4. Notice also Jeremiah 31:22.
  5. Now look up Matthew chapter 1, verses 16,18,19,20,22 and 23. Notice that in Matthew 1:2-16 we read that “So-and-so was the father of So-and-so…”; but in verse 16 it does not say, “Joseph was the father of Jesus…” Then notice in verse 17 that there are mentioned three groups of fourteen generations. But in the last group of fourteen you will find only thirteen names. The fourteenth is the Holy Spirit, through whose agency the Lord Jesus was conceived.
  6. In the Gospel of Luke we find that two supernatural births are announced that of John the Baptist, announced by the angel to Zachariah (the father), and that of the Lord Jesus, announced by the angel to Mary (the mother). Why this change? It was because Jesus had no human father. Notice also that Mary (the mother) sang the Magnificat in anticipation of the Saviour’s birth – look up Luke 1:46-55; but Zachariah (the father) sang the Benedictus when John was born – look up Luke 1:67-79. Read Luke chapter 1, and specially notice verses 26-38; and look up Luke 2:33 and 2:48-49 (“your father and I…my Father…”); and Luke 3:23!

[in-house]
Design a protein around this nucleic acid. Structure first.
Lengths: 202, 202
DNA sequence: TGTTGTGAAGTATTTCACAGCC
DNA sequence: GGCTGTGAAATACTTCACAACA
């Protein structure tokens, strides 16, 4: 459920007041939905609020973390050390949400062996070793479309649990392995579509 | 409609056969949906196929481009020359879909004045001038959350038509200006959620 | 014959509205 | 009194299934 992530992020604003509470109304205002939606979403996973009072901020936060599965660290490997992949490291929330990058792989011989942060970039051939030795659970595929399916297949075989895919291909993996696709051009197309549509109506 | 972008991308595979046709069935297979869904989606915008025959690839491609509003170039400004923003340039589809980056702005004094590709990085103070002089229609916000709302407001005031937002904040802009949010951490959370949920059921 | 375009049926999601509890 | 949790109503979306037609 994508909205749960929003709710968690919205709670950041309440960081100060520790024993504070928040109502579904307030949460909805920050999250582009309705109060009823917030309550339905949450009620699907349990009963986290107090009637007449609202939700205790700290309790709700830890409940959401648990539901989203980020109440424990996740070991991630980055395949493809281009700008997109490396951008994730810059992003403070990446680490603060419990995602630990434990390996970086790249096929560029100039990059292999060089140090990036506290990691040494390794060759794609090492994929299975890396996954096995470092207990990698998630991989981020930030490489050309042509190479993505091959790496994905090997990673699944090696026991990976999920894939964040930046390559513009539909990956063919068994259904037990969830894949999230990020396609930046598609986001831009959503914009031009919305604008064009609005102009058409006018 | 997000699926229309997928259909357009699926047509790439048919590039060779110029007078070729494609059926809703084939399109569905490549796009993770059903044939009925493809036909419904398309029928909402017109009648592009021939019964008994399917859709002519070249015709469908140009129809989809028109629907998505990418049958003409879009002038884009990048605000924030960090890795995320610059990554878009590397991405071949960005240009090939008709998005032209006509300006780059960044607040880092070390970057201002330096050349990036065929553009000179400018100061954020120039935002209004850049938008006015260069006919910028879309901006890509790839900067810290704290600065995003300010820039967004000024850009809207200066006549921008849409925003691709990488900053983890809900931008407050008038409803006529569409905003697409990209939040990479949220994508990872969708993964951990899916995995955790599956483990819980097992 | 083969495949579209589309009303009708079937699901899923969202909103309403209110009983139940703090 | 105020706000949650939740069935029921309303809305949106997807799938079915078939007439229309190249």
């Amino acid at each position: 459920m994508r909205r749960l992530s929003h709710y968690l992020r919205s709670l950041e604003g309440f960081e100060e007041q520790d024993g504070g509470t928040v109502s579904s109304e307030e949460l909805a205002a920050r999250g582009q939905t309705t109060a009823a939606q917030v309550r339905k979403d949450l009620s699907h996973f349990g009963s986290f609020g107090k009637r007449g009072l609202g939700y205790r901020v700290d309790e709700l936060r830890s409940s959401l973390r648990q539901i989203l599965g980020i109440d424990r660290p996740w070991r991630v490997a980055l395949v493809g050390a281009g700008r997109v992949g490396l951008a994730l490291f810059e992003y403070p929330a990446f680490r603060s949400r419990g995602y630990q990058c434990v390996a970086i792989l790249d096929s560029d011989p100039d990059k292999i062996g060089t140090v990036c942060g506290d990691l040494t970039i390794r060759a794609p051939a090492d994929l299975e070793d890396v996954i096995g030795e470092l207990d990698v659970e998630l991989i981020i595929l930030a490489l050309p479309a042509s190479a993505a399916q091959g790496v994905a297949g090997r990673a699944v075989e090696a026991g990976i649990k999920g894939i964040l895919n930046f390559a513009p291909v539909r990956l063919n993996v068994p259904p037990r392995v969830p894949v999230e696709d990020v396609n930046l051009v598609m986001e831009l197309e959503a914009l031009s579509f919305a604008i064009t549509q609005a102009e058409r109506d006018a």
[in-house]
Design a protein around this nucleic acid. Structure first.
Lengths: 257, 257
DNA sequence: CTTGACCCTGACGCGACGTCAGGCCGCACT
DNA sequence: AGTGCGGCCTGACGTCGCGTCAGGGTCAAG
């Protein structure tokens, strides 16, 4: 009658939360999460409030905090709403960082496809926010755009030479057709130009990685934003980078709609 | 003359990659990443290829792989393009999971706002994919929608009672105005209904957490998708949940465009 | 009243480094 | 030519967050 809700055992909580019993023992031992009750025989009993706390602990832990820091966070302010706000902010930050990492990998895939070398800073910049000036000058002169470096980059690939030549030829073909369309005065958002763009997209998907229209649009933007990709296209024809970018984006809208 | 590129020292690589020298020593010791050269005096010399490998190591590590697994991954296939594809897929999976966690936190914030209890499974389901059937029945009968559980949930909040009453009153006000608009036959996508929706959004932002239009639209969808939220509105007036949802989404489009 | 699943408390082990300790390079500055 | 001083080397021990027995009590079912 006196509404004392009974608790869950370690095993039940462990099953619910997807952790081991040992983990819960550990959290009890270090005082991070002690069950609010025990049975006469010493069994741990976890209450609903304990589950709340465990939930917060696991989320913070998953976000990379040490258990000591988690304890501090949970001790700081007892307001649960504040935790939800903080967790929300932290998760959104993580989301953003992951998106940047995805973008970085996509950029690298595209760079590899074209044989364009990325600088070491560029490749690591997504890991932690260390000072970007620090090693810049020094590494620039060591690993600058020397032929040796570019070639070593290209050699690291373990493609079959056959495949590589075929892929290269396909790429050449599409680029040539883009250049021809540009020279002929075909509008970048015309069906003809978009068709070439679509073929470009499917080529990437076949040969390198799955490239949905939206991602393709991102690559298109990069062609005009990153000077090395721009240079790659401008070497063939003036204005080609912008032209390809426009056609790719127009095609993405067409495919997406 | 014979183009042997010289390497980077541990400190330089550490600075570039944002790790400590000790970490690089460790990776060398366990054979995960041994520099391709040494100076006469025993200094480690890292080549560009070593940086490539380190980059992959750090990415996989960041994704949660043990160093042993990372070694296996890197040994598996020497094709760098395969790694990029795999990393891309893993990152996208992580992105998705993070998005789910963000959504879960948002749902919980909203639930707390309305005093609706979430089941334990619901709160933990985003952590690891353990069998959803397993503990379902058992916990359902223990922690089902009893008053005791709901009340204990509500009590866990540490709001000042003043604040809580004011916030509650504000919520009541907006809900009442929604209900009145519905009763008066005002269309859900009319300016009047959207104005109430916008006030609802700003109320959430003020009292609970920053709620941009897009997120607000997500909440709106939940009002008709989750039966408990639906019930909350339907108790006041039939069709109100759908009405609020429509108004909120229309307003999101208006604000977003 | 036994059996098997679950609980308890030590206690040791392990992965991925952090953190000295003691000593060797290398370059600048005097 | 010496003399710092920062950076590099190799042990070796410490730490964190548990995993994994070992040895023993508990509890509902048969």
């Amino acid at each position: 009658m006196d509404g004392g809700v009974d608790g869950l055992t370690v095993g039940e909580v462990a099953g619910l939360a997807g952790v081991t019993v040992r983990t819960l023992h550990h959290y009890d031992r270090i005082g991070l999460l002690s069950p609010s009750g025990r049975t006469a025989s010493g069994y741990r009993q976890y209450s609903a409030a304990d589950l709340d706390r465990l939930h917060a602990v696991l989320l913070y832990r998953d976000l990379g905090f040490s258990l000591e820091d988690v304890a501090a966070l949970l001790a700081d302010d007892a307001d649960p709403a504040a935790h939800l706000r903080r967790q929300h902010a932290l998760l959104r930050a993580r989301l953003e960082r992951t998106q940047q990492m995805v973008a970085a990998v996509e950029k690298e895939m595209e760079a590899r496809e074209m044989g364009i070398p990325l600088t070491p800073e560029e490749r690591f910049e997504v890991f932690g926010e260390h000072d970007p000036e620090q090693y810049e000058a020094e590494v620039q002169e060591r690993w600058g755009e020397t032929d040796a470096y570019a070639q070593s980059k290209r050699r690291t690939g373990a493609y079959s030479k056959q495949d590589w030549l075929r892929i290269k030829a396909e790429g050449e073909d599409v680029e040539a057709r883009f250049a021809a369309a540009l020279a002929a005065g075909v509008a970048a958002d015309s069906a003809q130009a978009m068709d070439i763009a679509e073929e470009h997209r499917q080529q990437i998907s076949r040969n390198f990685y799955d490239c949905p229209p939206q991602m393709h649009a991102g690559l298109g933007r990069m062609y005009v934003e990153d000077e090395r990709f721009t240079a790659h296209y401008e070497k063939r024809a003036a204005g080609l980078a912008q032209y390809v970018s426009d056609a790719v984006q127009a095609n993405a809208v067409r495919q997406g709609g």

7. While the Apostle Paul makes no direct references to the Virgin Birth, nothing in his letters questions or casts any doubt upon this vital Christian doctrine – look up Romans 5:12; Romans 8:3 and Philippians 2:7.


6. We believe in the Virgin Birth because of the practical bearing of this doctrine upon the matter of our salvation

The whole principle of the Virgin Birth, of the Incarnation, of divine and human blending in one Personality, is involved in the experience of conversion, or the new birth. The Lord Jesus was “born to give us second birth”, and every real Christian is one in whom Christ has been born – look up and compare Luke 1:34-35 with John 3:6. Have you been born again – John 3:3?